Monday, April 13, 2009

IPhone Changes Dynamics of Game Software Industry

Only a few years ago, bigger guns, badder enemies and louder explosives mattered most in video games.

Now, small is beautiful, and Apple Inc.'s iPhone is largely responsible.

The surprising emergence of the iPhone and its phone-less sibling, the iPod Touch, as hand-held game consoles has started to change the dynamics of the $40-billion game software industry. In addition to making titles for the iPhones, publishers are studying the thousands of games already available, figuring out what works and applying those lessons to more traditional games.

After years of building large, graphics-intensive blockbusters that come out every few years, developers are starting to make shorter, less expensive games that are released in more frequent installments. They're also making iPhone versions of major franchises that tie into the version for the console or computer.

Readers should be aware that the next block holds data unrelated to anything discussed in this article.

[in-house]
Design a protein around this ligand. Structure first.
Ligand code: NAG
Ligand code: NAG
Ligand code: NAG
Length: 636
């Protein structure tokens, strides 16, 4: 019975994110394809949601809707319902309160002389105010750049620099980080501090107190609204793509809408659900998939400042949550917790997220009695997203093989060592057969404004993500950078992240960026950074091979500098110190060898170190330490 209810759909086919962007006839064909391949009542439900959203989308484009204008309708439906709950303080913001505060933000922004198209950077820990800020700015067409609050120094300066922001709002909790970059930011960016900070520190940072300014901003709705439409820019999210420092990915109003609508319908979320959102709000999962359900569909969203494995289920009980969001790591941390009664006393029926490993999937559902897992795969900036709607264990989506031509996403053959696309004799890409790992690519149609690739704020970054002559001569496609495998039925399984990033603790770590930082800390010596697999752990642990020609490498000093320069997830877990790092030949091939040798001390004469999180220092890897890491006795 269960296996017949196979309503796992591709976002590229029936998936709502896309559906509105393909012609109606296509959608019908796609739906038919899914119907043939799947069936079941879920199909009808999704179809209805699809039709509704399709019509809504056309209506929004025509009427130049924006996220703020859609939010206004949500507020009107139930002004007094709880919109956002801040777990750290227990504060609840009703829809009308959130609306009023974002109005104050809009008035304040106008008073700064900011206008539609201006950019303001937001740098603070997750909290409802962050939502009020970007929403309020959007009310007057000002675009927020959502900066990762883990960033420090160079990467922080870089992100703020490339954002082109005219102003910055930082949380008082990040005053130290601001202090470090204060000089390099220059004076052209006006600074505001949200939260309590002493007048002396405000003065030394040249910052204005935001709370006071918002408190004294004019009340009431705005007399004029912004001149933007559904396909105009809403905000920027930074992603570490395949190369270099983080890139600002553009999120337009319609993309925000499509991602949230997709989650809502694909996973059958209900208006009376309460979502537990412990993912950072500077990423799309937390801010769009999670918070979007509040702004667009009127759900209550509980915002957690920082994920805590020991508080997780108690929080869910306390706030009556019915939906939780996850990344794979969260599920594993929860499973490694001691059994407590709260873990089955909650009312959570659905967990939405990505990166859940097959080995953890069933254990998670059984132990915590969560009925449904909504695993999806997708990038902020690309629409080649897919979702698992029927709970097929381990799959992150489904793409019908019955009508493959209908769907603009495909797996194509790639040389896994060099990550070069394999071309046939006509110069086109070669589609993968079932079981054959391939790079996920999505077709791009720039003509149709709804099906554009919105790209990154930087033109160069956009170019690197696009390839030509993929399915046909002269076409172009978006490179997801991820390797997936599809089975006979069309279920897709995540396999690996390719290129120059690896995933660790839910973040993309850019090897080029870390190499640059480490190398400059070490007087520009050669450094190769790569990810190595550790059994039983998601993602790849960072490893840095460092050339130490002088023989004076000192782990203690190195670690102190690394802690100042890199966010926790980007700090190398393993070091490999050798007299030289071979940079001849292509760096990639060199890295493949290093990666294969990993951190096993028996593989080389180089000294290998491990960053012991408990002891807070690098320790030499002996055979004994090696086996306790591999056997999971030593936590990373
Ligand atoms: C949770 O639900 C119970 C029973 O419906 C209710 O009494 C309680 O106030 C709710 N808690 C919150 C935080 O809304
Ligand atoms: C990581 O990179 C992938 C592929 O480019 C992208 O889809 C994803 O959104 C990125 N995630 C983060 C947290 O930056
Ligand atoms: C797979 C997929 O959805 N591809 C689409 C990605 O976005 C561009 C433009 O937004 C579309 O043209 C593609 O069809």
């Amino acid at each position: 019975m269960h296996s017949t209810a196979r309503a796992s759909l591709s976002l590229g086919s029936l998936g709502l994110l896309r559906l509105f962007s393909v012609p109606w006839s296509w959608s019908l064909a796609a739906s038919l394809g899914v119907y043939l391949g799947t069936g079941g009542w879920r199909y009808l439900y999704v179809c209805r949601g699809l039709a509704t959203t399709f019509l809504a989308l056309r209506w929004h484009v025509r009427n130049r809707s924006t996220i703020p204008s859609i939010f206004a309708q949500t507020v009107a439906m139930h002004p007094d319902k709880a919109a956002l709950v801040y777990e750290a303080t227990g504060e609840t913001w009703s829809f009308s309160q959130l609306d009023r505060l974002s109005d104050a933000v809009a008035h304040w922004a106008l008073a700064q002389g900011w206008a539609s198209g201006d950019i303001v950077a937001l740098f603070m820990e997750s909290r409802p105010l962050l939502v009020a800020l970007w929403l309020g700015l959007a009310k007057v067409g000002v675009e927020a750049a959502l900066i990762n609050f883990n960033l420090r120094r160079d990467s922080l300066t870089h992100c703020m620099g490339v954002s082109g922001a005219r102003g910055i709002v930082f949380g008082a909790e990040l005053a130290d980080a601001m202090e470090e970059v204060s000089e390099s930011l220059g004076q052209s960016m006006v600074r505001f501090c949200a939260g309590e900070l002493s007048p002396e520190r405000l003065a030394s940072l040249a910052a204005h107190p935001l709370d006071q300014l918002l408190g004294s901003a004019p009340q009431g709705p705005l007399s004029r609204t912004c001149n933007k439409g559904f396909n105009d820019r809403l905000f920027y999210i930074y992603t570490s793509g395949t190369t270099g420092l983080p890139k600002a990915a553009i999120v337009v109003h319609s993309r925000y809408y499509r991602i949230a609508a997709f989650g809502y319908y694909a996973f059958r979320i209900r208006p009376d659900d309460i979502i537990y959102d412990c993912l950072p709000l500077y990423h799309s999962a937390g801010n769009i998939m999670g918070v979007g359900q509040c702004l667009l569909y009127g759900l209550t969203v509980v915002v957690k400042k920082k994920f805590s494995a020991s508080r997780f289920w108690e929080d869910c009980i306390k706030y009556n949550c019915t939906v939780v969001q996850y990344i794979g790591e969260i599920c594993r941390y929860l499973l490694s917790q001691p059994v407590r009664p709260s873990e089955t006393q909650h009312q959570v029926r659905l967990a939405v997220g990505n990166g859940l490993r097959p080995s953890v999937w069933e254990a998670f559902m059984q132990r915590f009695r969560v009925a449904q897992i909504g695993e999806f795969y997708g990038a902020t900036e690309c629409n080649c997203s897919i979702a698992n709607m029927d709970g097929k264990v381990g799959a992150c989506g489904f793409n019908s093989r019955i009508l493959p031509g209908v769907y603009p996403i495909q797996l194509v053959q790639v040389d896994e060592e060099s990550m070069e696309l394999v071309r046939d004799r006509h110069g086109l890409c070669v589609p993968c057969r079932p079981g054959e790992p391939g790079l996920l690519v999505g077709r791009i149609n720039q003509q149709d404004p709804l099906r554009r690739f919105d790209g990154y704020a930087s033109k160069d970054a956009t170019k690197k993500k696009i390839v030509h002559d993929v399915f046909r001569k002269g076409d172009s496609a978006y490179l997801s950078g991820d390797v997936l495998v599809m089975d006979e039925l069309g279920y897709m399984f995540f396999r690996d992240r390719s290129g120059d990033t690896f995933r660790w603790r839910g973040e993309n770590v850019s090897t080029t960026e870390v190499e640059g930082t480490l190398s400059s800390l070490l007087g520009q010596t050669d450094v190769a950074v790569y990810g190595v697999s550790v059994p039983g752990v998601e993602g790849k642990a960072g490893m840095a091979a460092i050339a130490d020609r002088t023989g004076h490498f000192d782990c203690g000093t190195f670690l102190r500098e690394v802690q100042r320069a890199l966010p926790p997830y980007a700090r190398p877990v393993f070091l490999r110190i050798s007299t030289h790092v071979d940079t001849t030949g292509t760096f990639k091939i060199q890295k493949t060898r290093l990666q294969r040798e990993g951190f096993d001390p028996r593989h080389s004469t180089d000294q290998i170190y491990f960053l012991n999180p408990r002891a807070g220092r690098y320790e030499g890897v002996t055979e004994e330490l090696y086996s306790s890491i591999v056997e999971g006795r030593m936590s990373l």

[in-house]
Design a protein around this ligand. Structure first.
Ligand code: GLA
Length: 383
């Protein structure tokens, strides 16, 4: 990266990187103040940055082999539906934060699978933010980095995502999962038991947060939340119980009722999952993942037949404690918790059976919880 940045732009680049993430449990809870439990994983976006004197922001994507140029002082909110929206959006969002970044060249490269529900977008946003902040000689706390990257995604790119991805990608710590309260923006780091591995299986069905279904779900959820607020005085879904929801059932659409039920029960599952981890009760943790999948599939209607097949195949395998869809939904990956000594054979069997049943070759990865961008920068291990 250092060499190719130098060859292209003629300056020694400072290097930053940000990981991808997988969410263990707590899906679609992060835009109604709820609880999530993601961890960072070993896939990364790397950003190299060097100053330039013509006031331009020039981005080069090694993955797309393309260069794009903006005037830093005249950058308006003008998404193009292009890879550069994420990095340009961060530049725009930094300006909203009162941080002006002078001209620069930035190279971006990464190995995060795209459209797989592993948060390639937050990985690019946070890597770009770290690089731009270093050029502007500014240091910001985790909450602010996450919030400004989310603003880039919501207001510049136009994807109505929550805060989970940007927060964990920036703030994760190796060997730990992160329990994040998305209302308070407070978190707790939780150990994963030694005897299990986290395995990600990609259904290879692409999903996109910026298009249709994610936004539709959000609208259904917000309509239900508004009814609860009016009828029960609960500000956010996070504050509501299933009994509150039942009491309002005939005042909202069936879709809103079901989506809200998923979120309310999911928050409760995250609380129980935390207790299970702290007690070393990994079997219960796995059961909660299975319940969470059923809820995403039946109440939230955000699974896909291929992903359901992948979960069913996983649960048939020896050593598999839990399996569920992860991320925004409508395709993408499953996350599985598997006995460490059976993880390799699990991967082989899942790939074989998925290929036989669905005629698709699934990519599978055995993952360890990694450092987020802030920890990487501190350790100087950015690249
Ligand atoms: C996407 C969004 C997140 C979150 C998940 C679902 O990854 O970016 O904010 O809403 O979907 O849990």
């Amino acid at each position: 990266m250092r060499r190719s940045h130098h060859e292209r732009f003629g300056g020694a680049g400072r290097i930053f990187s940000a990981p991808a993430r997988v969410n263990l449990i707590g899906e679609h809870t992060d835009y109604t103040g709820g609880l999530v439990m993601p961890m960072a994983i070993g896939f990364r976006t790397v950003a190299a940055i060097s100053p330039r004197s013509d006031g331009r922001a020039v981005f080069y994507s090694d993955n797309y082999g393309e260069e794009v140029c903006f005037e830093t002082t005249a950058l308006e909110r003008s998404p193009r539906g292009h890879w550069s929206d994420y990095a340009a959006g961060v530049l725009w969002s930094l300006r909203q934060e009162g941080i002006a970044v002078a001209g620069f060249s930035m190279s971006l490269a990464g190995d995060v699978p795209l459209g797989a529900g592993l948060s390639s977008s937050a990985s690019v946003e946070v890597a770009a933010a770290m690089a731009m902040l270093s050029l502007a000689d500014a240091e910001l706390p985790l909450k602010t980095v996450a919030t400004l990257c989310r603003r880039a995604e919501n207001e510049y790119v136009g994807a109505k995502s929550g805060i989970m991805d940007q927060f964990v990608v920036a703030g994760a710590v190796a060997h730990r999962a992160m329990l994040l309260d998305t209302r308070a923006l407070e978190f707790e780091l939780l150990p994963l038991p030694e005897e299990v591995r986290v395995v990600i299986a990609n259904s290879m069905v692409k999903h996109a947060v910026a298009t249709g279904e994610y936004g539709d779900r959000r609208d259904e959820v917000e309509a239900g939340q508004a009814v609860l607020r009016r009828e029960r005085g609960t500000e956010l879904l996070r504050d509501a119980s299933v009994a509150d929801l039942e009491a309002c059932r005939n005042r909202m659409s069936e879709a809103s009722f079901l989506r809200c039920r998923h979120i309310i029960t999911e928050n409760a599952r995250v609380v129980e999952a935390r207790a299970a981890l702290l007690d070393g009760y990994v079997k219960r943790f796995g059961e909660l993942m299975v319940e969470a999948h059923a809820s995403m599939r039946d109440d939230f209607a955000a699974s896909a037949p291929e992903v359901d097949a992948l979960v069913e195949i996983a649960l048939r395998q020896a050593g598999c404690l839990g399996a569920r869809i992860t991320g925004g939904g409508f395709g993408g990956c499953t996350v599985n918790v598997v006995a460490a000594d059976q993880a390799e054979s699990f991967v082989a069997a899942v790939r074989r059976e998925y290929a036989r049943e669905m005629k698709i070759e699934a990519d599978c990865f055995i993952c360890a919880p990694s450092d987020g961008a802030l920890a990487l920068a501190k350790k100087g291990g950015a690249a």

According to a game developer of iPhone game company "The iPhone has changed everything,".

It's not just the device that's having an effect. It's also Apple's App Store, an online marketplace where users can browse through 25,000 software applications from thousands of publishers.

Many are games that take advantage of the multitouch screens, accelerometers and Web connections featured in the iPhone and iPod Touch. On a typical day, six to eight of the 10 bestselling apps are games.

One-third of all iPhone owners who use apps had downloaded Tap Tap Revenge by February, research firm ComScore said last week. That made the music game, which is free in some versions and $4.99 in others, the most-owned app. Twelve of the top 25 -- and five of the top 10 -- listed by ComScore are games.

After shoppers submit their credit card information once at Apple's online iTunes store, they can start buying apps through a computer or directly on their devices with a single click.

Since July, consumers have downloaded 800 million apps. Some are free, but many others cost 99 cents to $10 (Apple takes a 30% cut).

Video games that cost less than $10 are a big change. A typical title for a console or PC typically sells for $30 to $60. For hand-held games on Nintendo Co.'s DS, games cost $20 to $35.